Based on the true story of Jeff Wigand, a former tobacco exec turned whistleblower, and 60 minutes producer Lowell Bergman. Pacino will play Bergman, with LA Confidential's Russell Crowe on board as Wigand. Pacino's Heat director will helm the pic which will focus on how Bergman helped convince Wigand, a former head of research and development at Brown and Williamson, to reveal the truth about what the tobacco companies knew about the dangers of smoking. The film is based on a 1996 Vanity Fair article by Marie Brenner titled, "The Man Who Knew Too Much" Mr. Showbiz, Feb 4, 1998
CAST / CREW
Writing credits (WGA)
Marie Brenner (article)
Eric Roth (written by) ...
Michael Mann (written by)
Cast Al Pacino .... Lowell Bergman Russell Crowe .... Dr. Jeffrey Wigand Christopher Plummer .... Mike Wallace Diane Venora .... Liane Wigand Philip Baker Hall .... Don Hewitt Lindsay Crouse .... Sharon Tiller Debi Mazar .... Debbie De Luca Stephen Tobolowsky .... Eric Kluster Colm Feore .... Richard Scruggs Bruce McGill .... Ron Motley Gina Gershon .... Helen Caperelli Michael Gambon .... Thomas Sandefur Rip Torn .... John Scanlon Lynne Thigpen .... Mrs. Williams Hallie Kate Eisenberg .... Barbara Wigand (more)
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ARTICLES (click here)
AL PACINO AND RUSSELL CROWE
Pacino said about Crowe, "He is an extraordinarily gifted actor, and we together fell into the roles, and into our skins as a team...." Crowe had doubts about playing Jeffrey in the Insider, and Al went up to him, took him aside, and put his hand on Crowe's chest, and said, "you have it in here." And well that's all Crowe needed. Crowe made up his mind after that he could do it because he considered, "Al is a giant, with a great heart, soft and kind, kind of like a comfortable blanket....he makes you feel good and warm around him." They really had a mutual admiration society....and played basketball together everyday, and hung out and Al encouraged him to stop smoking, and Crowe asked him when he stopped, Al said, "Ten years ago." And Crowe said, "That's when I'll stop, then...." He gave Al a baseball cap with his name on it, and apparently Al is a baseball fanatic, and a day later when Crowe came to the place he was staying after that, and Al had given him a whole set of baseball stuff, a game that pops up balls, bats, and gloves, and even memorabilia....Crowe said he would "kill to work with him again, and that he is full of integrity as an actor which I can only hope to attain someday."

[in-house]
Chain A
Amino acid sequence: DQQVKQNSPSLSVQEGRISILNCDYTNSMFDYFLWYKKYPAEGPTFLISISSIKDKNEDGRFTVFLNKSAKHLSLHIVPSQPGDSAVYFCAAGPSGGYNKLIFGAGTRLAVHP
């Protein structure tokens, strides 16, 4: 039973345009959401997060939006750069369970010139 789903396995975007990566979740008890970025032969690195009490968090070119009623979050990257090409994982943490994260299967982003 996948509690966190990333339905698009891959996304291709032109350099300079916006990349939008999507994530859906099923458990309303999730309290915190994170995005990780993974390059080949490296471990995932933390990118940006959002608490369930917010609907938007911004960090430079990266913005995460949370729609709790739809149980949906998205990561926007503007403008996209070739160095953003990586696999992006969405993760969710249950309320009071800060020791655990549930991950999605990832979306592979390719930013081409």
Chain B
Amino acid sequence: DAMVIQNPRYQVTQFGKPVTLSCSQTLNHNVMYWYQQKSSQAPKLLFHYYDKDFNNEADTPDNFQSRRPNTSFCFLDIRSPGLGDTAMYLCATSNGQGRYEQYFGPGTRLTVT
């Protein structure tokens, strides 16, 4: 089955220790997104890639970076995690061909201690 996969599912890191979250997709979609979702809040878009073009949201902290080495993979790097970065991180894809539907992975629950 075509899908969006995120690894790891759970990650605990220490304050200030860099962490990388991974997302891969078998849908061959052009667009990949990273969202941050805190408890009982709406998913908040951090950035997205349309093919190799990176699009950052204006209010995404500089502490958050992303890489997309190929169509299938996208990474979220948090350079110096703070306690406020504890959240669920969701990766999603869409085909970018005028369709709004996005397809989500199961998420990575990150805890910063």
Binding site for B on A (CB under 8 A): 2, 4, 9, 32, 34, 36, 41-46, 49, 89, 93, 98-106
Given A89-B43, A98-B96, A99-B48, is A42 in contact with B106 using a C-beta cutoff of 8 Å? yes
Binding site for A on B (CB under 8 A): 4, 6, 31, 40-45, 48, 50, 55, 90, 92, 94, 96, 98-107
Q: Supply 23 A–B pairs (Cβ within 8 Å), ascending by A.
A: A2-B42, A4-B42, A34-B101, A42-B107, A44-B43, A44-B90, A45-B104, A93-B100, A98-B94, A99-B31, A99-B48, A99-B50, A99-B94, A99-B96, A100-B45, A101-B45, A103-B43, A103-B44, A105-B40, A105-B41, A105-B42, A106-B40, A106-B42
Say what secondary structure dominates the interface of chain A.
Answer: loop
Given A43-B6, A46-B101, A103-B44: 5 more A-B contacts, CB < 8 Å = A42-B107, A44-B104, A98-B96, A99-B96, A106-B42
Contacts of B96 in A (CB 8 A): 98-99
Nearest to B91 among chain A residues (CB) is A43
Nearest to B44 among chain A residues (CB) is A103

"The wonderful thing about playing these roles, the opportunity to play them, you see, you get to see what it is like then, to go up against this kind of stuff. What it's like to suddenly be thrown into this kind of a world where the stakes are as high and you're dealing with this kind of a thing. It's exciting because in a way you say, finally say, well, what would I do in that situation?" (Al on Crook and Chase promoting The Insider) (hear a wav of this quote - 216k)
"They're just admitting they don't like the cameras pointed at them in exactly the same manner they point them at other people. But I guess that's natural. No one likes cameras pointed accusingly at them."
Pacino says he hopes The Insider "has solid entertainment value. I hope we move people with this story. We all took liberties in telling the story to make it more dramatic, but we never tampered with the facts."
(about Mike Wallace) "I've admired him for years. I think he's done some extraordinary things. I don't think he has to worry about his legacy from this picture. I think his legacy's intact.'' (Fox News)
Pacino sees "a certain amount of irony" in (Wallace's objections to being portrayed in the film just as many of his interview subjects object to how they are portrayed by 60 Minutes). But he also feels Wallace's pain. "I know he has concerns, which I think is natural and which I sympathize with," says the 59-year-old actor. "Whether it's an interview that's written about you or a performance that you do on screen, you're sensitive to yourself, and there's a reluctance to see [the finished product] for whatever it's worth." Entertainment Weekly Online, "Cigarette Burns" by Liane Bonin
"I hope (Wallace's) reaction will be positive," Pacino says. "Whatever he does in the picture, there is redemption in the end, and this is drama, something that's heightened. But I don't want to be presumptuous in saying he came off okay to me, since I'm not him." Entertainment Weekly Online, "Cigarette Burns" by Liane Bonin